Columbia, SC. (Feb. 11, 2020) – Palmetto Promise Institute (PPI), the most prolific publisher of independent analysis of state-owned utility Santee Cooper, issued the following statement in response to the report released this morning by the state Department of Administration (DOA): “The facts of the DOA report are clearly in line with what our two
On Thursday, The Post & Courier reported that Justice Jean Toal denied Santee Cooper’s request to stop the case against them from remaining a class-action lawsuit. This was a severe blow to Santee Cooper’s court fight over whether or not their customers should shoulder the burden of billions in debt from their failed nuclear project.
Before the bell rang on the 2019 legislative session, lawmakers passed a bill that set the stage for a potential sale of Santee Cooper in 2020. The bill stipulated that the Department of Administration would receive proposals to (1) sell the state-owned utility, (2) management offers, and (3) a proposal from Santee Cooper to reform themselves.
As the South Carolina General Assembly moves ever closer to receiving a report from the state Department of Administration on the future of Santee Cooper, the South Carolina Public Service Authority, it is time for a basic review of the current state of affairs with this state agency and the options available for its future.
The manufacturing process for Century Aluminum is extremely electricity dependent, requiring at full capacity 400 megawatts of electricity per year. That level of use (400 megawatts would power 80,000 homes) means that electricity is about 40% of the cost of operating the plant, its single highest expense. Unfortunately, high energy costs risk putting it out of business.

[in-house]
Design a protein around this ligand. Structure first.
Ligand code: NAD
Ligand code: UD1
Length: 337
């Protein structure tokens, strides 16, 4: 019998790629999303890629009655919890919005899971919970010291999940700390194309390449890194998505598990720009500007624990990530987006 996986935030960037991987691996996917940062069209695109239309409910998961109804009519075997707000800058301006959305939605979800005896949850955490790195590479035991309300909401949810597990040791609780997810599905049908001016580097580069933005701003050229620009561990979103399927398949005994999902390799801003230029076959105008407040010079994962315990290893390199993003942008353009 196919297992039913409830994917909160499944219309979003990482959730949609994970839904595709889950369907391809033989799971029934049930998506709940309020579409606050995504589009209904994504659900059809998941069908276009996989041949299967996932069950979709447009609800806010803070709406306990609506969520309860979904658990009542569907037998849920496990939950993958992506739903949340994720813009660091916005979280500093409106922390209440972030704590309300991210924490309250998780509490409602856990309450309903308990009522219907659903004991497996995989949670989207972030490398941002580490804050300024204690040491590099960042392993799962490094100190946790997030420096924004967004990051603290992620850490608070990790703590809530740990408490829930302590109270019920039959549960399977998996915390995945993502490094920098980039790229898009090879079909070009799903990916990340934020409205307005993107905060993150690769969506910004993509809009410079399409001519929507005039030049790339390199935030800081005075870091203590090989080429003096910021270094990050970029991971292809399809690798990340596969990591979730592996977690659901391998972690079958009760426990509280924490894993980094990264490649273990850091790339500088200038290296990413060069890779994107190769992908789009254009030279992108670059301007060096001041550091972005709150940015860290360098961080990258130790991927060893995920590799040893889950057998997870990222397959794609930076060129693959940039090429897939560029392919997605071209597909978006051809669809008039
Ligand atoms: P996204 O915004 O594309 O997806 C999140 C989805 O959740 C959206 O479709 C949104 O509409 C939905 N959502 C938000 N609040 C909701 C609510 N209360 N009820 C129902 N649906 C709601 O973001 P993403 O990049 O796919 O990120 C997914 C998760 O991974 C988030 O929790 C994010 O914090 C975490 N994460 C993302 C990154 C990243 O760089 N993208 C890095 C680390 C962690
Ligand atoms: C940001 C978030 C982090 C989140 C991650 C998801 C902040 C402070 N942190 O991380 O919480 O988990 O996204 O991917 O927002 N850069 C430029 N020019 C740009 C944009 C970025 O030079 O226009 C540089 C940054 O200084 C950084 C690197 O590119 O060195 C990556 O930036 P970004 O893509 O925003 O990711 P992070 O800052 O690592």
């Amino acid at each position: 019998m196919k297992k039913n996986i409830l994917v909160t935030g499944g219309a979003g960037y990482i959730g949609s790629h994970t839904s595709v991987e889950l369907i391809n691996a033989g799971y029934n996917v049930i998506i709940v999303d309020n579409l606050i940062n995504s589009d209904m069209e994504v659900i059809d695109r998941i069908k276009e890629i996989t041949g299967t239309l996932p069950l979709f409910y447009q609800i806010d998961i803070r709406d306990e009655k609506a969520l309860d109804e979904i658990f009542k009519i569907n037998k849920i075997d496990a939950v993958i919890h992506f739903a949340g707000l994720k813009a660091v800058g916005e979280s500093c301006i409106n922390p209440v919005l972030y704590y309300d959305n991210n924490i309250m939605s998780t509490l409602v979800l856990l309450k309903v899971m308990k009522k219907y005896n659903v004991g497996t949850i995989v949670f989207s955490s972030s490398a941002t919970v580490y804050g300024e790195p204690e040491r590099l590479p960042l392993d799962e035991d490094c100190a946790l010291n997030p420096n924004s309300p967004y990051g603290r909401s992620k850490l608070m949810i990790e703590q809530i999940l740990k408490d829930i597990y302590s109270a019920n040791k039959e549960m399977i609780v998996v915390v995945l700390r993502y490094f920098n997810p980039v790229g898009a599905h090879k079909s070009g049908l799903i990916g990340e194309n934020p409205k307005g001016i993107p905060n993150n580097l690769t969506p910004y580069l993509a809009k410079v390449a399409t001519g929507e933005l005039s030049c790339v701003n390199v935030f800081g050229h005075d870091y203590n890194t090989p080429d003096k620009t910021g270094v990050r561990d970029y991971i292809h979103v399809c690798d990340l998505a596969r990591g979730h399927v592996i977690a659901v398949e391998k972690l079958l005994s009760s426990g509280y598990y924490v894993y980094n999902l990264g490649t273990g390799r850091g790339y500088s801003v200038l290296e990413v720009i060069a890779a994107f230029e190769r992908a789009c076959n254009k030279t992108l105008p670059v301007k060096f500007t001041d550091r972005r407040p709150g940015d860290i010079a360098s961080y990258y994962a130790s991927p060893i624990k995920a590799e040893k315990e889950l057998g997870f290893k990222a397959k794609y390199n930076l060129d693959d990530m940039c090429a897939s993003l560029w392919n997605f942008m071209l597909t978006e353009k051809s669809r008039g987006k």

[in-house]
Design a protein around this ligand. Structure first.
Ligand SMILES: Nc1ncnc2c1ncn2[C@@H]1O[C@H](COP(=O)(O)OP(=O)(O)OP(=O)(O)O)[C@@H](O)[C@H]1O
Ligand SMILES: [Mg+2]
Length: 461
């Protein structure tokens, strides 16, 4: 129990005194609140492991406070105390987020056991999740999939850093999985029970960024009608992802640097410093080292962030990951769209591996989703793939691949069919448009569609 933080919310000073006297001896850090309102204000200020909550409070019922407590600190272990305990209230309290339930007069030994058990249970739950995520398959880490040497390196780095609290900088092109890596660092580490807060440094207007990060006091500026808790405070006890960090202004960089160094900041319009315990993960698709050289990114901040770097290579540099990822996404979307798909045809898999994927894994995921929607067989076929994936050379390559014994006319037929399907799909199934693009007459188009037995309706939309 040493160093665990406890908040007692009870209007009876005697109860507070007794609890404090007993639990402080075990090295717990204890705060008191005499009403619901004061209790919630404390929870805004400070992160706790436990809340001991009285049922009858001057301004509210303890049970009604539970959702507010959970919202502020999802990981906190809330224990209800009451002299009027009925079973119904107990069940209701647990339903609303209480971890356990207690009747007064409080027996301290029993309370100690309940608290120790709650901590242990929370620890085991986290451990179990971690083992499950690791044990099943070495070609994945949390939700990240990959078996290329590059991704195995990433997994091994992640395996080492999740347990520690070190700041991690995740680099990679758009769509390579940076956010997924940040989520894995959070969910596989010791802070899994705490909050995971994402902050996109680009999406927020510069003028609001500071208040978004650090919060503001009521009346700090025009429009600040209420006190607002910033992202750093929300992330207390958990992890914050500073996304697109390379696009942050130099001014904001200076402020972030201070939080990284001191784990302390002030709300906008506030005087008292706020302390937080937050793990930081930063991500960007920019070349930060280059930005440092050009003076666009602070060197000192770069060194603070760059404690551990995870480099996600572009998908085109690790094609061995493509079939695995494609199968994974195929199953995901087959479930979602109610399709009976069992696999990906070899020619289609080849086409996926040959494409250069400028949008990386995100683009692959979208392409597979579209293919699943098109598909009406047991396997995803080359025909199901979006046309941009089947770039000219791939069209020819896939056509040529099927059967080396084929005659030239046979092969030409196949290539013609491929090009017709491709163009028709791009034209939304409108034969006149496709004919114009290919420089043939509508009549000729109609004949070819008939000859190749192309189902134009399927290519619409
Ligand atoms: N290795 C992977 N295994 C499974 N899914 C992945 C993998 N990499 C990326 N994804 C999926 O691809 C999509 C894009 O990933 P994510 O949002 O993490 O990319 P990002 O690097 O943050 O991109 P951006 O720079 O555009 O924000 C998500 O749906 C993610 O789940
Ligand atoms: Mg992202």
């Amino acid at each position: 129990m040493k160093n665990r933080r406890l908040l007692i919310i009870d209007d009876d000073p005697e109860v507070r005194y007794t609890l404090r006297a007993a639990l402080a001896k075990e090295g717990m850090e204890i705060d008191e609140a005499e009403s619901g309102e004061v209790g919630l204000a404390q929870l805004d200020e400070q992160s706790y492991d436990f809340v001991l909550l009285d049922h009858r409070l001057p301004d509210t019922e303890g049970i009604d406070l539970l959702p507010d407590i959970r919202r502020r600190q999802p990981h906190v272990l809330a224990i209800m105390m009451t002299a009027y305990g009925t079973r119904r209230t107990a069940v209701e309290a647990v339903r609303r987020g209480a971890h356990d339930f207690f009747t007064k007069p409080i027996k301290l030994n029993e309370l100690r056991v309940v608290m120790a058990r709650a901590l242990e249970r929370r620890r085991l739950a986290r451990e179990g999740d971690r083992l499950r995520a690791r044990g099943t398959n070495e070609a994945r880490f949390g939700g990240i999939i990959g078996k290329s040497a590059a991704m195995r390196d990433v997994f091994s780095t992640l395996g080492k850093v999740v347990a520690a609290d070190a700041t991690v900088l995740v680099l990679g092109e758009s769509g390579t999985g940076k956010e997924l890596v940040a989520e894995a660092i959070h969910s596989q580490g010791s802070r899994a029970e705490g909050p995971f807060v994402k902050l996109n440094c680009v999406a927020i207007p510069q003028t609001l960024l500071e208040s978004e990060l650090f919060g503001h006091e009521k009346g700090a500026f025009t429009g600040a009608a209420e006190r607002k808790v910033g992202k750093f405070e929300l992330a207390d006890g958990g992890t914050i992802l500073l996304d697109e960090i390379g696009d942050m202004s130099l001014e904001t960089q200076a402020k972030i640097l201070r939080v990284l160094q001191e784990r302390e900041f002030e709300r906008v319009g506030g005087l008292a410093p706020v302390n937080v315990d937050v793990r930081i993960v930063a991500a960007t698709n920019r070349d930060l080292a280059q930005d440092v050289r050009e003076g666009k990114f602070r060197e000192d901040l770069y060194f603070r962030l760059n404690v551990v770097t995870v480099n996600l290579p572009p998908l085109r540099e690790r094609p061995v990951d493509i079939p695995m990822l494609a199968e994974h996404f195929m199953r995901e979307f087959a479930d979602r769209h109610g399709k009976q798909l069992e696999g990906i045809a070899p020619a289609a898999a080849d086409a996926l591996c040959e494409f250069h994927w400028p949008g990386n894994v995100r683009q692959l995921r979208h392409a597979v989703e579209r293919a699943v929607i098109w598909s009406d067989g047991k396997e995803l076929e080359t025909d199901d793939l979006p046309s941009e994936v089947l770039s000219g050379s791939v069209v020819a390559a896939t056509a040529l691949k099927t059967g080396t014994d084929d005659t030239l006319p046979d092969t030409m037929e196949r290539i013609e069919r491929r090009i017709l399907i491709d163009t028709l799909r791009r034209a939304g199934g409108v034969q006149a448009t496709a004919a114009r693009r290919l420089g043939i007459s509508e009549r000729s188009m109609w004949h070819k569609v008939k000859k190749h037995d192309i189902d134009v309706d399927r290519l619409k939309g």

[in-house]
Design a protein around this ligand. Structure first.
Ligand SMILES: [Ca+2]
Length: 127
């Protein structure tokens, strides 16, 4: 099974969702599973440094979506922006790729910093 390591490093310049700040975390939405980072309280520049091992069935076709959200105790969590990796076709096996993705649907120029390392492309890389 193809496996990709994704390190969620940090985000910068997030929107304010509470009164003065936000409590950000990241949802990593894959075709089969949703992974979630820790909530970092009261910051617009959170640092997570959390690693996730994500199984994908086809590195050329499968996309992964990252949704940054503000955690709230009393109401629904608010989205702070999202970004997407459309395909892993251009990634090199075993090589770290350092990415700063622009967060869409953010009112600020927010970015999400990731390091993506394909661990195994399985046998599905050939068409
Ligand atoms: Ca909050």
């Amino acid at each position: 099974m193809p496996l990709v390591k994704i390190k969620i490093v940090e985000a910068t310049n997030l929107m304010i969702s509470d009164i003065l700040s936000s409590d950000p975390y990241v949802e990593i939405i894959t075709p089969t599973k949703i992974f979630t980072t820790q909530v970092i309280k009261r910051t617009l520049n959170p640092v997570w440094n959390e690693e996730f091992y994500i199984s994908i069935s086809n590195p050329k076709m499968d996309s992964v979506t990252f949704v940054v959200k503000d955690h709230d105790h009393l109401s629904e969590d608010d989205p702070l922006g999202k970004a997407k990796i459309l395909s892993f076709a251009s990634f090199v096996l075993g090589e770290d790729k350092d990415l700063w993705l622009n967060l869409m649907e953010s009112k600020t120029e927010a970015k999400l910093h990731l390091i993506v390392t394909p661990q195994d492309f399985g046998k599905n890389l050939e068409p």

Earlier this summer, Palmetto Promise Institute conducted an in-depth study of aspects of Santee Cooper’s finances. Due to the opaque nature of Santee Cooper’s finances, our research was based on Santee Cooper published sources, legal filings, correspondence to elected officials, legislative hearings, and the reporting of The State and The Post & Courier.
Two years ago today, Santee Cooper and SCE&G announced that they were abandoning construction of the V.C. Summer Nuclear Station units 2 and 3.
Throughout the fall of 2017, as another football season came and went, PPI watched and waited for someone—anyone—to step up for Santee Cooper customers. Thanks to the actions of two special legislative committees, the public did learn a lot about the demise of V.C. Summer, but there was a clear message: tackle SCE&G first, then Santee Cooper.
Thursday, the South Carolina Senate made significant progress on the Santee Cooper issue. A Joint Resolution, H.4287, passed by a vote of 42-1. It now goes back to the South Carolina House of Representatives.
Why do key business and government leaders believe a sale of Santee Cooper is in the best interest of consumers?